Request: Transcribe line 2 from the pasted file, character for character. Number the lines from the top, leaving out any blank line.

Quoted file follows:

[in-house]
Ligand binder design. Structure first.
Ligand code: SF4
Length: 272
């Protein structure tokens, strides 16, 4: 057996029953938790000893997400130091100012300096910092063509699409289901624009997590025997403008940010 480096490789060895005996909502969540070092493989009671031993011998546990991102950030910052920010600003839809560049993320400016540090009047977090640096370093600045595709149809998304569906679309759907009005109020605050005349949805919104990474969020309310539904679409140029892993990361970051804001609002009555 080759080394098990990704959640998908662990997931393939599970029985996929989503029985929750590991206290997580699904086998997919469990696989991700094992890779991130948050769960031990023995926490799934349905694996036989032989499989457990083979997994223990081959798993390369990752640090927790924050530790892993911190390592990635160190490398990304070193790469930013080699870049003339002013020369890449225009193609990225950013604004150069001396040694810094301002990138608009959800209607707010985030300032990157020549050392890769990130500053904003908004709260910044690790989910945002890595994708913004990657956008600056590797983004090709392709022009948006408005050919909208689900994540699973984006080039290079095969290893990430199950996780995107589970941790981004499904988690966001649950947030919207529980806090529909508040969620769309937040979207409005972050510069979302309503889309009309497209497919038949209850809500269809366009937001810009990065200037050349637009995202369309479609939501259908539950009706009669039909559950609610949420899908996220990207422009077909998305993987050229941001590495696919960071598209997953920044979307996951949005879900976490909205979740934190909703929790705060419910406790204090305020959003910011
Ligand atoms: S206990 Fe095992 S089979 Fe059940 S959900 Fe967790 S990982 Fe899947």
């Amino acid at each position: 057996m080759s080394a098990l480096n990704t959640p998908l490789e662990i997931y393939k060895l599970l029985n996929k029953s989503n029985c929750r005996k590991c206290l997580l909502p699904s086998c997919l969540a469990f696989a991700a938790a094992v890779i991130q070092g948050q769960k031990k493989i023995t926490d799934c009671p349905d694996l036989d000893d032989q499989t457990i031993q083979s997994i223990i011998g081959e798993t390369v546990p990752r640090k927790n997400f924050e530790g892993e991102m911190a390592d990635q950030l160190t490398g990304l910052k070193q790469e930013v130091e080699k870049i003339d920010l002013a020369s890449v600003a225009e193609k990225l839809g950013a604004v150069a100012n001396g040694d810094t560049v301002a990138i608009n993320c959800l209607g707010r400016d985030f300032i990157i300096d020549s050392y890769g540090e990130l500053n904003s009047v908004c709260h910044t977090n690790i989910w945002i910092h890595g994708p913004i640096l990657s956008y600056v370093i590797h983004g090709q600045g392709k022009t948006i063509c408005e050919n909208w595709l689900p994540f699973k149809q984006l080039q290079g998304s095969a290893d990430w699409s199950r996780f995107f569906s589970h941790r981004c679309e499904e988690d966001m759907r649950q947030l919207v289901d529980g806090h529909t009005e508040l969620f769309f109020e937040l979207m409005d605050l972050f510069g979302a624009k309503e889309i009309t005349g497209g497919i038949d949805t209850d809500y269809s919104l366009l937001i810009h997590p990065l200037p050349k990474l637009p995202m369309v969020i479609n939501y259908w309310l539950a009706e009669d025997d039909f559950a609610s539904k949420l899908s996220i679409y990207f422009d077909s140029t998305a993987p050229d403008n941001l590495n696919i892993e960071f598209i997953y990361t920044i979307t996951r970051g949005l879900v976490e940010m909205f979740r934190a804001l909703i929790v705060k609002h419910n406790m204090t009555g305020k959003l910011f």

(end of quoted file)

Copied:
Ligand binder design. Structure first.